As we come to the end of Hispanic Heritage Month, we want to highlight two recent studies on Latinos in Chicago along with a relevant video. One study is an overview of where Latinos are in the city and the second is analysis of Latinos’ role in the Chicago economy. Both studies remind us of the important role that Latinos play in the Chicago landscape. The video reminds us how important it is to respect immigrants in our city.
In October 2017, the Chicago City Council Latino Caucus, headed by Alderman Gilbert Villegas, released a report by the Institute for Research on Race and Public Policy and the Great Cities Institute. The report was produced for the Metropolitan Family Services. The Latino Neighborhoods Report: Issues and Prospects for Chicago, authored by José Miguel Acosta-Córdova, provided city wide data on Latinos and more detailed information on the variation among 12 neighborhoods with at least 25,000 Latinos and where they were the largest single group. In addition to the detailed information that is useful to policy makers, researchers and social service delivery agencies, the report highlights ways to respond to educational and employment needs of a group that is 30 percent of Chicago’s population.
In recognition of Latinos in Chicago, we are also making available Acosta-Córdova’s Spring 2019 thesis entitled, Lower Wages and Continued Occupational and Industrial Segmentation of Latinos in the Chicago Economy in which he updates a 1993 study by John Betancur, Teresa Córdova and Maria de los Angeles titled “Economic Restructuring and the Process of Incorporation of Latinos into the Chicago Economy.” In the original study, the authors argued that understanding how Latinos were incorporated into the Chicago economy since the early 1900s provides understanding of the Latino experience in the region. Simultaneously, their experience also reveals dynamics of economic restructuring that began hitting the region in the mid 1970s.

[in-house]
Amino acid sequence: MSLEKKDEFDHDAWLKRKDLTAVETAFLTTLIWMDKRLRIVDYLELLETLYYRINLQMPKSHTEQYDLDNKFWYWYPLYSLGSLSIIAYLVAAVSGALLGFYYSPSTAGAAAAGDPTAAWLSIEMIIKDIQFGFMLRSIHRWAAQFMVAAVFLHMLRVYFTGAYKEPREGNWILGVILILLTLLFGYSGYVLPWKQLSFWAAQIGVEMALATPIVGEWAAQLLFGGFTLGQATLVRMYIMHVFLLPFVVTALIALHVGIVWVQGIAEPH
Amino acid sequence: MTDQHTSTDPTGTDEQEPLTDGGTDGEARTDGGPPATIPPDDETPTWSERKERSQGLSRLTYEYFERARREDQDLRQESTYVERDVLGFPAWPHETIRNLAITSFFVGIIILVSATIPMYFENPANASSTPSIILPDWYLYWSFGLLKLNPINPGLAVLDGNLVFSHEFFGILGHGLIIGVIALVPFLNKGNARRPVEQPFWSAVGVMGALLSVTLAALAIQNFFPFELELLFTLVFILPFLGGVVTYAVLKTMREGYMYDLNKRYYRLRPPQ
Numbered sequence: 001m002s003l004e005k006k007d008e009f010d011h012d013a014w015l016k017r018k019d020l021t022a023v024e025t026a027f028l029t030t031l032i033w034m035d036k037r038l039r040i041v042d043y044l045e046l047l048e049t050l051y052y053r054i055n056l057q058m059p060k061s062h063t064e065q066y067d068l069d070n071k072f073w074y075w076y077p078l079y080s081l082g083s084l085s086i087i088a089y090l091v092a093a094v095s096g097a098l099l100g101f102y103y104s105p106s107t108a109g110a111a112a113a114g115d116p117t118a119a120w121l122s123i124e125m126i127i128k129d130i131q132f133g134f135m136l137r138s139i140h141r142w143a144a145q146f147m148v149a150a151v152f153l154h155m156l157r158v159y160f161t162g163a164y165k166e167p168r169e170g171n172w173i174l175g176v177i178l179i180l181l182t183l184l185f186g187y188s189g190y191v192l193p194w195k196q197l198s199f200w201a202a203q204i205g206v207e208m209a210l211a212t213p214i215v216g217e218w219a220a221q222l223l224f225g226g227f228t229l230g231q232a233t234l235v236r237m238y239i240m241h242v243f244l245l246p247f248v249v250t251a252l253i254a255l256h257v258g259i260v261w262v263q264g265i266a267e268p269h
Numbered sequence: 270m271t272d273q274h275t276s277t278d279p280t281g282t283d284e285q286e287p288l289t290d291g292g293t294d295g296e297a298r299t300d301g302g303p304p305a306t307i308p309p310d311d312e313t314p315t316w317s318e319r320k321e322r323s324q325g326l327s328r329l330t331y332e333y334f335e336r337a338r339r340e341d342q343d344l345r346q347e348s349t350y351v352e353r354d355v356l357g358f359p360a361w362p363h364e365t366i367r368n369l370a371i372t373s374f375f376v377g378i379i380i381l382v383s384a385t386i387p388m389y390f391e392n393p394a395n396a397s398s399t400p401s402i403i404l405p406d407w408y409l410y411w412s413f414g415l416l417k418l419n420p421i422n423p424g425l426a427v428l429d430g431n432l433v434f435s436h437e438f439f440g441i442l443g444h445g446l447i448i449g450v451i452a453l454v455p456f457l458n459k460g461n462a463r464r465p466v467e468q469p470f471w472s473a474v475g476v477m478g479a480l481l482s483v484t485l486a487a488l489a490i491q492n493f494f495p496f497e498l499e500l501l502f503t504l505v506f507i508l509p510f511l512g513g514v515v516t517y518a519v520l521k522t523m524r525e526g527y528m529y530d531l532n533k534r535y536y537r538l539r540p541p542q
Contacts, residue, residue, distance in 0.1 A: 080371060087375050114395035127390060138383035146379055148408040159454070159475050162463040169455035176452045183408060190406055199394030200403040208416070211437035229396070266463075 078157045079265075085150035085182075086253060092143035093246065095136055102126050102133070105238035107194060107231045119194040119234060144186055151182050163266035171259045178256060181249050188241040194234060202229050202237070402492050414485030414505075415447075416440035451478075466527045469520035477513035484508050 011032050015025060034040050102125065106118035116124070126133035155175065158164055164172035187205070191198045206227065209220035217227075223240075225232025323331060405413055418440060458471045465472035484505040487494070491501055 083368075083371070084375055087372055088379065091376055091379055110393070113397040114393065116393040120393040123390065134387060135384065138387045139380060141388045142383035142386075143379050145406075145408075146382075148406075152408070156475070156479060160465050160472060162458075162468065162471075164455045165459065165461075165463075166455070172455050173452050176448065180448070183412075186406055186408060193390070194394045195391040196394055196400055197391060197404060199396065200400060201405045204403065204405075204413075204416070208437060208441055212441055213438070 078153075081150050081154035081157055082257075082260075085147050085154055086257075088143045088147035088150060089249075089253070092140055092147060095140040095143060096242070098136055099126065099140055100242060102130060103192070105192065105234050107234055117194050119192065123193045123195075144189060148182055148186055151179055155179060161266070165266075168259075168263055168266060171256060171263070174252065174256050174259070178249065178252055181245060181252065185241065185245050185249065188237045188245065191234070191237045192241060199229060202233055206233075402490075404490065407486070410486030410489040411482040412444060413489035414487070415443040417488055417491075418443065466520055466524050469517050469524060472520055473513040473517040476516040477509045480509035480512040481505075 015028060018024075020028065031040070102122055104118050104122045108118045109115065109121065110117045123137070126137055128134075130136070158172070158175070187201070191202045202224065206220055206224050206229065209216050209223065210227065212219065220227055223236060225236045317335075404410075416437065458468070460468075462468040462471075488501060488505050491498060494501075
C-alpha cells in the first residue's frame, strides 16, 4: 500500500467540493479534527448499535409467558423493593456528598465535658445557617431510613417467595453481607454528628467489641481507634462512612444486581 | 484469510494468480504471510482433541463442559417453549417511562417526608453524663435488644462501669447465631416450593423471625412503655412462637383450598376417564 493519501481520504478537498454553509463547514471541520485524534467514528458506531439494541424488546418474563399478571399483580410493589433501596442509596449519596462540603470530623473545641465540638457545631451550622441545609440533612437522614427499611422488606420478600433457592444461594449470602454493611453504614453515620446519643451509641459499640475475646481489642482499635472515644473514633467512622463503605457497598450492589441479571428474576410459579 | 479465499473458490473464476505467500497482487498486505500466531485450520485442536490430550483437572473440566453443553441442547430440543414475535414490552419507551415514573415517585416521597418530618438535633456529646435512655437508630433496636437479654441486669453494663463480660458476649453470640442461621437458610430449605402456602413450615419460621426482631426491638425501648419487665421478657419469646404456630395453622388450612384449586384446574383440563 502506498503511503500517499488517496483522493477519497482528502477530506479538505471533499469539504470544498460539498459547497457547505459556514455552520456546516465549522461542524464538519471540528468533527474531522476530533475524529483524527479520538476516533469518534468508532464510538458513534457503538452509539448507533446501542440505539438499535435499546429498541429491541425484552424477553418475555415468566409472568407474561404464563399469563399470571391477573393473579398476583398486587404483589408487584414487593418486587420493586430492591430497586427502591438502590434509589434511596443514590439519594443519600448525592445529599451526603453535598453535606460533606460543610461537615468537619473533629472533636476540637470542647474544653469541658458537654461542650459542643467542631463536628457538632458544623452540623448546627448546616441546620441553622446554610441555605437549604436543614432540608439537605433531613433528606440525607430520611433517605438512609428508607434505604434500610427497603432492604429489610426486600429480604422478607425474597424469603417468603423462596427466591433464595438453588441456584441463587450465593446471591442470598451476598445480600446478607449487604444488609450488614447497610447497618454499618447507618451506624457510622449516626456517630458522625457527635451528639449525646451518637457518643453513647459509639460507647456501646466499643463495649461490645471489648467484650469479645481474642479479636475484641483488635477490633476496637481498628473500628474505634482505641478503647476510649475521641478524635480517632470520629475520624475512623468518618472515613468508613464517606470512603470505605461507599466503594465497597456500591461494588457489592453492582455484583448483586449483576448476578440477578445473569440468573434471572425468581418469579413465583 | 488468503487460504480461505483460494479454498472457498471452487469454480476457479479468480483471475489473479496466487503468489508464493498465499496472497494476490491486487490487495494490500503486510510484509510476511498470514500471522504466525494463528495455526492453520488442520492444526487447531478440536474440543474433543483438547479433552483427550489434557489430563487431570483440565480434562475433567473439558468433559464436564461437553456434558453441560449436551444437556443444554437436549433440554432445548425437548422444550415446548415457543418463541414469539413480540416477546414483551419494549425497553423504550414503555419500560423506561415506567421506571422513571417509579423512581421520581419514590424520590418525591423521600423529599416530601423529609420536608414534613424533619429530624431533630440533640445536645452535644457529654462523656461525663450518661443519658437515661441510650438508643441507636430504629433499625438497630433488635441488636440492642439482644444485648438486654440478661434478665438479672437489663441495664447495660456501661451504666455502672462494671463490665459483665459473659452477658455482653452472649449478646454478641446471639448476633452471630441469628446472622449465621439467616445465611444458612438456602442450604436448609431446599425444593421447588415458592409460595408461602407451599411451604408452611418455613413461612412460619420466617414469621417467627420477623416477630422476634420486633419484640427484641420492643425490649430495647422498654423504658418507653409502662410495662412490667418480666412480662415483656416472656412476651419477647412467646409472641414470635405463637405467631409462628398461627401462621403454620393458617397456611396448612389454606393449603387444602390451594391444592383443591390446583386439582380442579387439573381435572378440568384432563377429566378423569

Given changes since 1980, Acosta-Córdova returns to the study to pick up where the previous authors left off and asks whether occupational and industrial segmentation and lower wages continue to characterize the experience of Latinos in the Chicago economy. Indeed, despite some progress, Latinos in Chicago continue to serve as a source of low-wage labor and “were it not for the influx of Latino immigrants, many industries that have grown or remained in the area since would not have found the labor to do it.” Acosta-Córdova concludes, “Latino labor has helped transform Chicago from an industrial metropolis into a modern day, service-based metropolis. One could argue, Latinos saved Chicago’s economy” (p. 88).
Beyond the boundaries of Chicago, we know that Latinos are interwoven into U.S. society and economy. It is therefore both ironic and inaccurate, that Latino immigrants, especially Mexicans and Central Americans, are scapegoated for the woes of the economy. This misplaced blame is especially evident in current U.S. policies at the border. We thought that this would also be a good time to repost the video from September 28, 2018 forum co-sponsored with the Center for Global Health and the Global Migration Working Group of UIC’s Institute for Humanities on Deportation and Detention: Addressing the Psychosocial Impacts of Migrant Youth and Families. The sixteen immigration experts who spoke at the forum provided deep insights on the inhumane practices against immigrants that continue to have reverberating impacts. Each of the speakers reminds us of the fundamental importance of human rights and dignity.
Through our work at the Great Cities Institute, we often partner with others to seek solutions to pressing urban issues. Please join us here at GCI on Wednesday morning, October 16th to hear from our friends from the Basque country who will talk about their effective and holistic approach to manufacturing and building a cooperative economy.